Tuesday, 27 June 2017

Why the Conservative-DUP deal is so dangerous

It has been confirmed that Theresa May will stay as Prime Minister, thanks to a confidence and supply deal made by the Democratic Unionist Party (DUP) of Northern Ireland to keep in power a Conservative minority government. Even then, there are only 10 DUP MPs and 317 Conservative MPs, so this deal is not stable by any means and has a majority of only 4 (working majority of 10 when 7 Sinn Fein MPs and Speaker are discounted).

So what exactly is the Democratic Unionist Party?

The DUP, originally called the Protestant Unionist Party, was founded by fundamentalist minister Rev. Ian Paisley Sr. (1926-2014) in 1969 on his belief that the Ulster Unionist Party was not anti-Catholic enough for his extremist tastes. He founded his own Free Presbyterian Church to further his aims, which ended up overtaking the Methodists as the third-largest denomination in Northern Ireland. He was the first such politician elected under this label, winning North Antrim in 1970; he was MP for North Antrim from 1970 to 2010, and was ennobled Baron Bannside for the last four years of his life. His son, Ian Paisley Jr, is the current MP for North Antrim.

The DUP stand out from the moderate UUP in their more extensive appeal to working-class Ulsterfolk, their extremely socially conservative views, their more fervent opposition to republicanism and Irish nationalism, and their anti-European stance. They also have indirect links to terrorist organisations like the Ulster Defence Association, which the UUP does not. They are fervently opposed to any support for or recognition of Irish language teaching anywhere in Northern Ireland, and are the only party of any significance in UK politics to have any support for the return of capital punishment.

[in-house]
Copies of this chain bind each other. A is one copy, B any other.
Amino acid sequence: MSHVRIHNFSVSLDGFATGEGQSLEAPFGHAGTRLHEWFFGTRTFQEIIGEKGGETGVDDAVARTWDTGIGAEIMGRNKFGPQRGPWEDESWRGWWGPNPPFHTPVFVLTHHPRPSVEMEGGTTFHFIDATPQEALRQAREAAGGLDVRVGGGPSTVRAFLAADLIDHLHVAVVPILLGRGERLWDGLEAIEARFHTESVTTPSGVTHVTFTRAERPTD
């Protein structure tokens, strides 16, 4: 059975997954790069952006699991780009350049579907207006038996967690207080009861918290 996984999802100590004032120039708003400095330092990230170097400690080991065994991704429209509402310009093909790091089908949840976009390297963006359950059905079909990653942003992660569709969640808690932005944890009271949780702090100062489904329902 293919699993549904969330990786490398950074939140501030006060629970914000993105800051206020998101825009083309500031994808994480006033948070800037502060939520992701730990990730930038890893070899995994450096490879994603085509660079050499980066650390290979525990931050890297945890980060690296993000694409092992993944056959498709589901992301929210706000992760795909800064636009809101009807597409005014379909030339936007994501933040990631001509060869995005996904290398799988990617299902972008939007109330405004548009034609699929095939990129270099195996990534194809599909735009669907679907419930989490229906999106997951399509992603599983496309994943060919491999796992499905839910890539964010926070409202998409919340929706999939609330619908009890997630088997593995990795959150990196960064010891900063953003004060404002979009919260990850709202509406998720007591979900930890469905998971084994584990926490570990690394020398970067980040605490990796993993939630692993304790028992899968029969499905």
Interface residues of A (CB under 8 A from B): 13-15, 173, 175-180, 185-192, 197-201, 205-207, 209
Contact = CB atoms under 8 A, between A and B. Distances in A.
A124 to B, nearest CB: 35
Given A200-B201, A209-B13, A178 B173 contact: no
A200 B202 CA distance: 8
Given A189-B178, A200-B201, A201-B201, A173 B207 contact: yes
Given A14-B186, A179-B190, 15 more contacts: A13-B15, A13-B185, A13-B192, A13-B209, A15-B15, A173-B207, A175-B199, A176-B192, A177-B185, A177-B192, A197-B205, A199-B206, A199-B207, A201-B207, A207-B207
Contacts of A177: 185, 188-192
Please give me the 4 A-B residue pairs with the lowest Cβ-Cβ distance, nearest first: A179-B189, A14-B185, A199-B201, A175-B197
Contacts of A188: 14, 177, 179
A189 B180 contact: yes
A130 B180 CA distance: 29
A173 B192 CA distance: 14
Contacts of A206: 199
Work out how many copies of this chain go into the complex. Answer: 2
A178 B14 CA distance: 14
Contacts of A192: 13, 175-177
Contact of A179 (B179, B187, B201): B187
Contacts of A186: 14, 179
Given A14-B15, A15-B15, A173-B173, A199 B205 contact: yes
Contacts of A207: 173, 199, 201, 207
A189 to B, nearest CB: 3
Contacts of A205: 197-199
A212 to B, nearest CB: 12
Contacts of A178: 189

The DUP have done their best, especially with the use of the 'petition of concern' power, to keep Northern Ireland as religiously conservative as possible, to the point where fundamental human rights are being violated. Unlike in Great Britain, same-sex marriage is still not legal in Northern Ireland and nor are abortions, except in cases where the mother's life is threatened. Sectarianism still pervades so strongly in Northern Ireland because of them, although younger people are turning away from the old Protestant-Catholic divides slowly but surely. The DUP most recently came to the fore during the Renewable Heat Initiative (RHI) scandal, which forced an early Stormont Assembly election alongside calls for direct rule to be re-imposed, even though direct rule has not worked in the past.

Why is this pact bad news?

Before the snap election of 2017, Theresa May repeatedly stated her desire to repeal the Human Rights Act and potentially withdraw Britain from the European Court of Human Rights; these important things are also opposed by the DUP especially regarding LGBTIQA+ rights. Ruth Davidson, the Conservatives' leader in the Scottish Parliament, has already publicly criticised Theresa May as a result, as have other moderates like Sarah Wollaston (MP for Totnes since 2010). Many nationalists have stated such a pact breaks the Good Friday Agreement (which the DUP have never supported) and could endanger the continuation of the vital Northern Ireland peace process.

More importantly, however, it allows the Conservatives to cling onto power they do not deserve, especially given their hardline mantra on Brexit (NB: only one county in Northern Ireland, Antrim, which is the DUP's best stronghold, voted for Brexit last year; the other five and also the city of Belfast voted Remain), and it will worsen their stance on social and human rights matters more than ever before.











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